With our pioneer visit to Djibouti comes the opportunity to produce a souvenir edition on the country that will be well received by readers in the travel tourism industry in the USA and worldwide, that will be a showcase of positive views and scenes for this rapidly emerging country. That's why in our introduction, we are letting Djibouti tells it's own story.

Africa Travel Association Launches Destination Djibouti Roadshow in Four North American Cities

The Djibouti Story - Part One

I am Djibouti, strategically located on the Red Sea in East Africa's farthest corner. I am bordered by Ethiopia to the north and northwest, Eritrea to the north and Somalia to the southeast. Lonely Planet describes me as an ideal spot to recharge one's batteries before or after an overland trip to Ethiopia or Eritrea. The Africa Travel Association has chosen me as host country for its 11th Annual Eco Cultural Symposium from January 19-23 It's an ideal opportunity to showcase my travel, trade and tourism attractions to influential contacts from North America, Africa and points beyond. Some say I have the location and potential of becoming another Dubai, which time will tell. Among my most popular visitor attractions is year round diving and snorkeling in the Gulf of Aden with denizens of the deep including Whale Shark. I compare in size to the state of Massachusetts, and my three main regions, include the coastal plain and volcanic plateaus in my central and southern regions and mountain ranges to the north.

While Djibouti City, a strategic seaport, has a half million population, two other communities, Ali-Sabieh and Tadjoura are much smaller. If you like warm weather, you will find me a great vacation spot, with November to mid April the best time to visit. Being at the mouth of the Red Sea, with my status as a free trade zone in northeast Africa I serve as an important transshipment location for trade goods entering and leaving the highlands of East Africa. My two official languages are French and Arabic, however Somali and Afar are spoken throughout the country. I have two main population groups, the Issa (Somali) and the Afar, with Europeans, Arabs and Ethiopians in lesser numbers. To be continued.

Will Lion of Judah's Engine Roar Again?
Sometimes I feel as if "Railways of the World" a series I launched in 1989, started a 'renaissance ' in rail travel. Perhaps it was ESP, because since then, many famous routes have been upgraded or restored, and new lines installed, as countless visitors rediscover the romance of the rails. Like me, these folks savor the fact that getting there is more than half the fun. Given Aladdin's 3 wishes, I would restore Emperor Haile Sellasie's 'Lion of Judah' railway engine, hook it up to the prized set of French and British coaches, and operate luxury excursion tours on the Franco-Ethiopian Railway. Built in the 1930s, the 482 mile line stretches from Addis Ababa, via Nazaret, the Rift Valley and Dire Dawa, to Djibouti, a French protectorate on the Gulf of Aden. In a five minute BBC interview, hoping my message would cause a spark, I said, "Think of the much needed income such a tour would generate for the Ethiopian economy." I've followed the last decade's amazing railway renaissance.

After a visit to Emperor Selassie's palace and Holy Trinity Cathedral, Addis Ababa's ornate railway station (gare) is the ideal venue for such an historic journey. Yes, the lordly Lion of Judah's engine lacks wheels, and the dust covered coaches shows neglect from being shunted aside during the Marxist regime. However, with some good old fashioned TLC (tender loving care) each museum piece would soon be in shining order. The Emperor's train is still not widely available for public view; fortunately we and our BBC friend received special permission. Info: ,, E-mail:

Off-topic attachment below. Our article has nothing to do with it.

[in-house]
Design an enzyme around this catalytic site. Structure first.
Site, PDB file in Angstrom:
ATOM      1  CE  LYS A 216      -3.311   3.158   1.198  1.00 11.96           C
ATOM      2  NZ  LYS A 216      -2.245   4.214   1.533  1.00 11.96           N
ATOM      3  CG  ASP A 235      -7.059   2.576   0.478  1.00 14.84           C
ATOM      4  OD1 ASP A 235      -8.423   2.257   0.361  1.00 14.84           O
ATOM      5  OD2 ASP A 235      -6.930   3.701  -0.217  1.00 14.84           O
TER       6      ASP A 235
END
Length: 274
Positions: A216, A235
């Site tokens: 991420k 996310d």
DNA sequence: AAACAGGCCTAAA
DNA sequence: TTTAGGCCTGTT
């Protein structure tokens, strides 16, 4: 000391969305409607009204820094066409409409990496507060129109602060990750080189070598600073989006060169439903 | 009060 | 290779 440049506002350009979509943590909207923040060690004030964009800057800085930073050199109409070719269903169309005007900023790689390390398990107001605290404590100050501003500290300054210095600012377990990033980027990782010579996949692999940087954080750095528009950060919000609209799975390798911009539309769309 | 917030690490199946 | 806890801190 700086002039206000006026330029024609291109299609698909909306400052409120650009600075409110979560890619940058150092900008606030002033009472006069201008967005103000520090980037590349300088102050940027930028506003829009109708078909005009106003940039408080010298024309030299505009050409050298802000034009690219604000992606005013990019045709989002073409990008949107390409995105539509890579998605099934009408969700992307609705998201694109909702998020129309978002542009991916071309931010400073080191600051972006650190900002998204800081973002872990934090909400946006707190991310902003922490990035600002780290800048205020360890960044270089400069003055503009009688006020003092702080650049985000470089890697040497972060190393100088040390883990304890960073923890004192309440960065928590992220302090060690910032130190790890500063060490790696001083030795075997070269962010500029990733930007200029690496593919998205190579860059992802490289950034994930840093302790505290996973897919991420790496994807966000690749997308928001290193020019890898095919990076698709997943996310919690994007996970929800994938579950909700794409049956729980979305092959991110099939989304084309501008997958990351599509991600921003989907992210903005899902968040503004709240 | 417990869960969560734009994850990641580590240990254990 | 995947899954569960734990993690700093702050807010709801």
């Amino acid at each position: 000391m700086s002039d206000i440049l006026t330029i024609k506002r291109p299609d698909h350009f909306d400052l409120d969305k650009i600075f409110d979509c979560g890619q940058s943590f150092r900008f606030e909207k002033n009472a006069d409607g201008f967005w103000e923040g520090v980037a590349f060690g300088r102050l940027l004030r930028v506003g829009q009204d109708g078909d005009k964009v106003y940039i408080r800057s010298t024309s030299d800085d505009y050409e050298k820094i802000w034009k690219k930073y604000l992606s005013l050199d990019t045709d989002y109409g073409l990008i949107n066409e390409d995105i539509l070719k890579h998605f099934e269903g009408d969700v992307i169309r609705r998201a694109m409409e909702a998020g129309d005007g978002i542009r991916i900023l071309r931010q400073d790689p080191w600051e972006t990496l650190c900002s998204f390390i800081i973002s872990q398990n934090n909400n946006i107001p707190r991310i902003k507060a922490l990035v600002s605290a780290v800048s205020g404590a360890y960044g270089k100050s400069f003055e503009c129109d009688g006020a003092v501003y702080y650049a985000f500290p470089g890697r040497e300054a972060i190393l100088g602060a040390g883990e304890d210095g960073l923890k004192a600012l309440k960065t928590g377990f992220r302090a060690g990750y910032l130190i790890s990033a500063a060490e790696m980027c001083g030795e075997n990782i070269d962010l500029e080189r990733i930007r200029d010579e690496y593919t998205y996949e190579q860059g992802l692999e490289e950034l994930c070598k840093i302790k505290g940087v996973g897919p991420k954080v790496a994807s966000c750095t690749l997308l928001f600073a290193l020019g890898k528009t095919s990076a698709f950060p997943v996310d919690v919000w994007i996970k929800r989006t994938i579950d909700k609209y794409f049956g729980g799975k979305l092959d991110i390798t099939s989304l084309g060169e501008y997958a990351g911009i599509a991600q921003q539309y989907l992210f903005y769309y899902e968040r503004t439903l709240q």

Headquarters Hotel
Away from the busy districts, yet only few minutes from the airport, Djibouti Palace Kempinski is ideally located at a prime beach front between the Red Sea and the Indian Ocean, in a secluded and peaceful setting of palms and bougainvillea. The vanilla colored Hotel's silhouette etch against the turquoise blue of the African sky and the deep Ocean. The fantastic Infinity pool together with a Junior pool maximize the refreshing sea breezes. Djibouti Palace Kempinski features a plethora of entertainment amenities, including a fully equipped fitness center, Mountain Bikes, Outdoor swimming pool, Mini Club, Restaurants and Bars. Djibouti Palace Kempinski redefines luxury service in the Land of Gods!

Djibouti: Putting it on the Map
By Michael Morcos,Canadian World Traveller.

Djibouti reaches out to trade and tourism
By Ginny Hill , BBC News, Djibouti

The cargo vessel Shebelle has just docked at the port of Djibouti, carrying dozens of brand-new trucks. Djibouti's Red Sea port is a key African shipping hub Further along the quay, hundreds of porters are splitting a shipment of loose maize into sacks and loading them onto lorries. A knot of camels is standing around in the livestock hangar, waiting to be sent to the Arabian peninsula. This expanding shipping hub is located on one of the busiest maritime trade routes in the world. Landlocked Ethiopia is the main client and Ethiopian Shipping Lines use Djibouti as their home port. It is a major dropping point for World Food Program and USAID supplies, which are transported by road or rail to Ethiopia's capital, Addis Ababa. Ethiopia's cash crop, coffee, is exported in bulk. Now an ambitious investment project plans to turn Djibouti into Africa's biggest shipping terminal, extending its commercial reach throughout East Africa.